The Beatles' unprecedented sonic experimentation on their 1966 album Revolver make it one rock ‘n’ roll’s greatest albums. But ironically, one of the album’s greatest innovations happened on a B-side that came out before the final album.
Backward guitar and sitar solos appear throughout Revolver, which is credited as the first popularized use of “backmasking”, the intentional recording of a track in reverse. But songs like “Love You To” and “Tomorrow Never Knows” were not the first songs the band recorded backward.
The real birth of the Beatles’ backmasking came in the form of John Lennon's reversed vocals during the outro of “Rain”, the B-side to lead single “Paperback Writer” that came out in the U.S. on May 30, 1966.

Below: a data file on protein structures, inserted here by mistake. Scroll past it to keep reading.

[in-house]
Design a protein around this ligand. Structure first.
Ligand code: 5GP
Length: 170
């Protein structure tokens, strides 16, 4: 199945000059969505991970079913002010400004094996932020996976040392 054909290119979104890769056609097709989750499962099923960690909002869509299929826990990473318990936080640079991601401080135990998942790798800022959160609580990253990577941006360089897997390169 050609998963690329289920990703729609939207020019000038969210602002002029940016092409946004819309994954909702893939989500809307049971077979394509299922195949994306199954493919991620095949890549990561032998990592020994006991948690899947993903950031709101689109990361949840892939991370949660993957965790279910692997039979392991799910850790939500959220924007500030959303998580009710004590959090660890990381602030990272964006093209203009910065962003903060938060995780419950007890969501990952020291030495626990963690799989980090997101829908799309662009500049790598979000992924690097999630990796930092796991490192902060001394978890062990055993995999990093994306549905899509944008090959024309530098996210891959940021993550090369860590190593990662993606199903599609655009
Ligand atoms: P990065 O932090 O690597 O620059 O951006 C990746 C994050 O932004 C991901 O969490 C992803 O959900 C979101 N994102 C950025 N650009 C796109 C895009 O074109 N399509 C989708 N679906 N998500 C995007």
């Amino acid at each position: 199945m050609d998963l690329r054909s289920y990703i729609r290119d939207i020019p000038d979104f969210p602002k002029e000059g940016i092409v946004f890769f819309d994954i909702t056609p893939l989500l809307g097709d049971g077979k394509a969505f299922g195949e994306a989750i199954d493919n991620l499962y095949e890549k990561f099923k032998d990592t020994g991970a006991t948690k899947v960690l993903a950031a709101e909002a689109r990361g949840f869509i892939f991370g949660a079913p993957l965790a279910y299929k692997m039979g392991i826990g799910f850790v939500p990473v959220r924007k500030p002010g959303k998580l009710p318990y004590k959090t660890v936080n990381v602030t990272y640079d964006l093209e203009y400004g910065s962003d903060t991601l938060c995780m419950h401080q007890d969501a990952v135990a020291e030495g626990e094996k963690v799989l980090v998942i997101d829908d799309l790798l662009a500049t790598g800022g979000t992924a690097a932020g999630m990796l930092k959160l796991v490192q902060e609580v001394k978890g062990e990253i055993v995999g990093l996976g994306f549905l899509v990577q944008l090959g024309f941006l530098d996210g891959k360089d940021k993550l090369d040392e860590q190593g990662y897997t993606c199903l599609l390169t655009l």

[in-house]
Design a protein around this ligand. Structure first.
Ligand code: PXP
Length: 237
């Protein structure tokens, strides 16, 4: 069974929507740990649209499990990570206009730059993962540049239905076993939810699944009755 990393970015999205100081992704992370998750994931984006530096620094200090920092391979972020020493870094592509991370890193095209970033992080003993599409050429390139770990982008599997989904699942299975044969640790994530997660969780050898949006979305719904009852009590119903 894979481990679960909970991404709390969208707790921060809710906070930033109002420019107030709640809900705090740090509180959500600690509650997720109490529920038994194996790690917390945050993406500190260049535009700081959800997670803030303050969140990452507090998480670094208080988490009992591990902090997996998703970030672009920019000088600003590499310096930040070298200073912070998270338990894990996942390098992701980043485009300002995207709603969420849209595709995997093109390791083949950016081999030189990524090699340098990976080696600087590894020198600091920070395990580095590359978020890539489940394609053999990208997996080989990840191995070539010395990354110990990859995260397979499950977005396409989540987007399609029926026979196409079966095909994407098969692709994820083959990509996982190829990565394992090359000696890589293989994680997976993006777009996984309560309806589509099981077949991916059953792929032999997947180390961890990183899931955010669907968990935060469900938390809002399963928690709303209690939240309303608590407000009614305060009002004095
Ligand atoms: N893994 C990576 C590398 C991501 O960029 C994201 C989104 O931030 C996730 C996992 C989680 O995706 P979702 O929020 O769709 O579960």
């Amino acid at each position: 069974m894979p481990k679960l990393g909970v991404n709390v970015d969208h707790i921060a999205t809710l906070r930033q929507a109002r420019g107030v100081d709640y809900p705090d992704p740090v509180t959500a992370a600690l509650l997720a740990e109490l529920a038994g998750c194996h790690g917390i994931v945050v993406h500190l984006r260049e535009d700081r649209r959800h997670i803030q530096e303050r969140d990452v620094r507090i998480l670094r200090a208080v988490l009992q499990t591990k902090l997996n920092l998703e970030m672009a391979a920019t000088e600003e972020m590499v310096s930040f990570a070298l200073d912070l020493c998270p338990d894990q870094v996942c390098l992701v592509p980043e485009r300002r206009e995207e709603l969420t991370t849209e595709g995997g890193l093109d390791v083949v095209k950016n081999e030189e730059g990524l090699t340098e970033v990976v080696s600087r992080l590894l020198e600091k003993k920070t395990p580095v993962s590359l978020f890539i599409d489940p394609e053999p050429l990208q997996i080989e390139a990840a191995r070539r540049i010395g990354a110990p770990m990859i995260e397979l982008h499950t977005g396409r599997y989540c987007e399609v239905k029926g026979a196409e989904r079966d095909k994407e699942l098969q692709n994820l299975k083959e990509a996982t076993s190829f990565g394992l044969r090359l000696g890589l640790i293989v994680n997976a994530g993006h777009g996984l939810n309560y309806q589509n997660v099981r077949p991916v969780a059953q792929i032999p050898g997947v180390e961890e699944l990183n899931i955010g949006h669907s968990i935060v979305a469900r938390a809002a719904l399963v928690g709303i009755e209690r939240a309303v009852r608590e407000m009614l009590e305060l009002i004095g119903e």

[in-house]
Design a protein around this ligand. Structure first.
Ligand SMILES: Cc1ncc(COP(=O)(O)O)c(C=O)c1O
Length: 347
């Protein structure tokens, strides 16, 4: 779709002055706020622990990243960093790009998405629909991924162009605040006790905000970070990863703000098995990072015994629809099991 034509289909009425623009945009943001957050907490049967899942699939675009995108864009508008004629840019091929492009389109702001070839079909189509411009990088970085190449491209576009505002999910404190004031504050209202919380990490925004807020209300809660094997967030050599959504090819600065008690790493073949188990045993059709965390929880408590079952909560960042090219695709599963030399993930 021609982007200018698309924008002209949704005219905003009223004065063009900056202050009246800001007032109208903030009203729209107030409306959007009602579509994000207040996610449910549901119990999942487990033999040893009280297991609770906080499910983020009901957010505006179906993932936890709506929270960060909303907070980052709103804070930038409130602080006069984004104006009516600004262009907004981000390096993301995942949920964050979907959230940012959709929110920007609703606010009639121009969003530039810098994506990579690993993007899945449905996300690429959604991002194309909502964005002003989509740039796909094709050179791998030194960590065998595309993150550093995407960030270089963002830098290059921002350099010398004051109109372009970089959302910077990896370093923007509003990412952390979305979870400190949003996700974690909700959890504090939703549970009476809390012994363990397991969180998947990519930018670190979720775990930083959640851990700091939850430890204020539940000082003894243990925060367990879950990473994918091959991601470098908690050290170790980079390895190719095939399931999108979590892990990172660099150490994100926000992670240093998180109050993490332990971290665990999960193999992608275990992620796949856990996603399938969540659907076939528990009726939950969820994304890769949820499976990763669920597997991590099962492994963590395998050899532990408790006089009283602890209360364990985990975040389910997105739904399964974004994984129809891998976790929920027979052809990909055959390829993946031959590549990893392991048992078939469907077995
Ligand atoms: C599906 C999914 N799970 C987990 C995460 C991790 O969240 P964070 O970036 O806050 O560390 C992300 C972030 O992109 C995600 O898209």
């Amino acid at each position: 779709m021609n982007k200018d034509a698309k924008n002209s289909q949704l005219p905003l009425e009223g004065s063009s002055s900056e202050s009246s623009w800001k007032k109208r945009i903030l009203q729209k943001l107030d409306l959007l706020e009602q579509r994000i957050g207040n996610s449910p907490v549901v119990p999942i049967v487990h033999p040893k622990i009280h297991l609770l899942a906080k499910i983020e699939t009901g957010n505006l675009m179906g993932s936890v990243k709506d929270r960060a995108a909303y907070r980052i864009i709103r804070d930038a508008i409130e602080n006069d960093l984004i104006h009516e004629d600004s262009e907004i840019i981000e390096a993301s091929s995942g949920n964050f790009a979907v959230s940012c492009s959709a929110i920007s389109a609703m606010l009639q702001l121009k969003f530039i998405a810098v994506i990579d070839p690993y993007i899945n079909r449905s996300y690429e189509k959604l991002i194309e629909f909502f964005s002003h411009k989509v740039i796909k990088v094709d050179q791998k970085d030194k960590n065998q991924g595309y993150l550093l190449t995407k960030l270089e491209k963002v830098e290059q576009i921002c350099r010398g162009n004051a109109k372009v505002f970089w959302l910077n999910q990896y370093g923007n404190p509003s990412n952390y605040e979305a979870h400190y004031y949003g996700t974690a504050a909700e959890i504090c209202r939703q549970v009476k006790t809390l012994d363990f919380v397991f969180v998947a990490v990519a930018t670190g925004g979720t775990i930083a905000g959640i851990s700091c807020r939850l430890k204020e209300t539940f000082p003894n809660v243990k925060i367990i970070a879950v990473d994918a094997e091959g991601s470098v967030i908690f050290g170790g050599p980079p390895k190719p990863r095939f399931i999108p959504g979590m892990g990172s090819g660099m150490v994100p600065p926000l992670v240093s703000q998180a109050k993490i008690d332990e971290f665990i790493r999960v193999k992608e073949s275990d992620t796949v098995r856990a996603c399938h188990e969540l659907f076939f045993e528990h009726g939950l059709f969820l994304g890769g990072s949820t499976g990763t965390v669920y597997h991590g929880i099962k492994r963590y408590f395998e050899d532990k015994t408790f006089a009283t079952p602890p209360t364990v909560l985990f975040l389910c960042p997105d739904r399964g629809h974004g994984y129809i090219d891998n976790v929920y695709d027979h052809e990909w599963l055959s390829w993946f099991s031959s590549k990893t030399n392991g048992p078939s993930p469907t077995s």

It was not the first time anyone had tried recording backwards – it had been available since the early days of Edison’s phonograph and avant-garde composers experimented with it as early as the 1950s. But the Beatles are universally credited with bringing the technique to the mainstream.
And, like so many other musical miracles, it happened by accident.